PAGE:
> What type of header are you talking about? I have run signals at 5Gb/s
> through connectors designed for the task with little loss and very low
> crosstalk, but they aren't cheap. Is this an existing header?

The headers are existing. They are standard beak-away headers.

> Does this mean you want to run wires, or are you making a circuit board
> for the A-D? You are unlikely to get high data rates with handwired
> circuitry (you can get reasonably high speeds, but not too high unless
> you are an expert in wirewrap and routing ;).

I plan to have a PCB made. We have facilities for two layer PCB
manufacturing.

> You say you are using a development board. What documentation is there
> for it? Point us at some details if you have them.

I'm working with an Altera dev kit:
http://www.altera.com/products/devkits/altera/kit-nios_1S10.html

There is tons of documentaion for the NiosII embedded CPU on this dev
kit but almost no documnetation on the board itself.

> What is the interface from your A-D converter(s)? Serial? Parallel?

I'd find it simpler to do parallel, there's no shortage of pins.

> Parallel may take more lines, but it also gives the lowest data rate.
> There are also tricks of synchronised sampling (using multiple
> converters, suitably calibrated) to increase the effective sample rate,
> should that be necessary. On that subject, is there a particular A-D
> device you have in mind, or are you open to suggestions?

Completely open.

> What signal frequency range are you particularly interested in getting?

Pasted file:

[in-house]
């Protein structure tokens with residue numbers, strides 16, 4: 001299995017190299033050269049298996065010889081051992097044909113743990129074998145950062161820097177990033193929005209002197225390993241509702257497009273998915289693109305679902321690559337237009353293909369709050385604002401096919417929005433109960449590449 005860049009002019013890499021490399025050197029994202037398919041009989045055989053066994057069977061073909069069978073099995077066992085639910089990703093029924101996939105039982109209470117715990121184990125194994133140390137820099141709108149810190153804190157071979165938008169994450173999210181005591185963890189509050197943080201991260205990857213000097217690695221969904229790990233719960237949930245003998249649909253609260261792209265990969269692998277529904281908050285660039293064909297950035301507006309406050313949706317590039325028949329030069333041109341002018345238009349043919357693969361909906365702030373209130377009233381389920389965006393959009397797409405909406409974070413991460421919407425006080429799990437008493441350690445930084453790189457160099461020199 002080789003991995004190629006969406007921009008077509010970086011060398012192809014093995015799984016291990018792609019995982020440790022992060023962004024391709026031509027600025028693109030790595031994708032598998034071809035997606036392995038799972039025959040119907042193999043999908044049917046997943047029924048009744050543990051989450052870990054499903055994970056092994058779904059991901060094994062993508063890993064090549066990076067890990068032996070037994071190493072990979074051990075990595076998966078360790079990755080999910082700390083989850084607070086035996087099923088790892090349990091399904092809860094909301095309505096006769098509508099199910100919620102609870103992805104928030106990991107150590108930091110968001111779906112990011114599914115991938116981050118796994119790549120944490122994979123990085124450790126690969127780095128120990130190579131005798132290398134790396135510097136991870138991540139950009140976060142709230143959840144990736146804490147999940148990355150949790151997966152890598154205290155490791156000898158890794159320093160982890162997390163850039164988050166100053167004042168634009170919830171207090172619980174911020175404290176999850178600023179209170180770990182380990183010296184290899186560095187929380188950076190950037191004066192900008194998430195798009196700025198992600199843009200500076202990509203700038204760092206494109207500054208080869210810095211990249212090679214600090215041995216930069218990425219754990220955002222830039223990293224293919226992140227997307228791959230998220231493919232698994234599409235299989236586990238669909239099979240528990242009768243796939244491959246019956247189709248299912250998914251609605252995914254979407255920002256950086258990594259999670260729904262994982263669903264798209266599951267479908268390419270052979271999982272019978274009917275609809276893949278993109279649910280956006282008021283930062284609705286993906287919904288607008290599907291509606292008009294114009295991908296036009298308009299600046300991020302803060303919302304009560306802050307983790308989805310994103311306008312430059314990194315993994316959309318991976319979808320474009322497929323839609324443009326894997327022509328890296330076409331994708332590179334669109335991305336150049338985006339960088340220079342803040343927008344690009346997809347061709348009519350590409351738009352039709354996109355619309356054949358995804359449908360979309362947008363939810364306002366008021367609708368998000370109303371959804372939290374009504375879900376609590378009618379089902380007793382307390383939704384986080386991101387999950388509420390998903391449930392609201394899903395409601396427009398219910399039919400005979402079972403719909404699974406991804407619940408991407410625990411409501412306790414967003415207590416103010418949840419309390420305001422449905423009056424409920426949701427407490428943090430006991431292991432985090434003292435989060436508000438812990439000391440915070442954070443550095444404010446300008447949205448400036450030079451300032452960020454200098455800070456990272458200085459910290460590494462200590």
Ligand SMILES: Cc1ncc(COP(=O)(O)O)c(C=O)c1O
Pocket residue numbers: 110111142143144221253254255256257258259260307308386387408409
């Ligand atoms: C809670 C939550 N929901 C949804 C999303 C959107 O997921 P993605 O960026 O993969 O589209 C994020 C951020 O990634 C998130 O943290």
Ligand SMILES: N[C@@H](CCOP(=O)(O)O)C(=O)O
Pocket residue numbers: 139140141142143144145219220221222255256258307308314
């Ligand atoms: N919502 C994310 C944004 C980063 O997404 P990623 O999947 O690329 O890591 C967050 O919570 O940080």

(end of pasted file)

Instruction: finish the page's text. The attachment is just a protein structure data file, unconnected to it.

> If you are not sure of what to use, this will let others help you
> choose an appropriate device.

I'd like to capture and generate signals anywhere from 10kHz to 100MHz.
It would be great if I could reach 450MHz with some mixing at the front
end. I don't really need more than 1MHz at a time. So a lower rate with
a NCO + mixer might be a better bet. The basic idea to to be able to
receice and transmit commercial FM and AM, plus some walkie-talkie FM,
and maybe some HAM radio, all with as little HW as possible.

>
> Even if you sample with a decent A-D, you should still (in my opinion)
> put an anti-aliasing filter on the front end, and buffering to prevent
> loading. (Some parts have them internally). Unless you have a buffered
> output from something, you are probably going to have to put down at
> least some analog circuitry apart from the A-D(s).

This is fine, I simply want to keep it to a minimum.

> Speaking of that, what RF device did you intend to use to get the
> signal in the first place?

An antenna.

>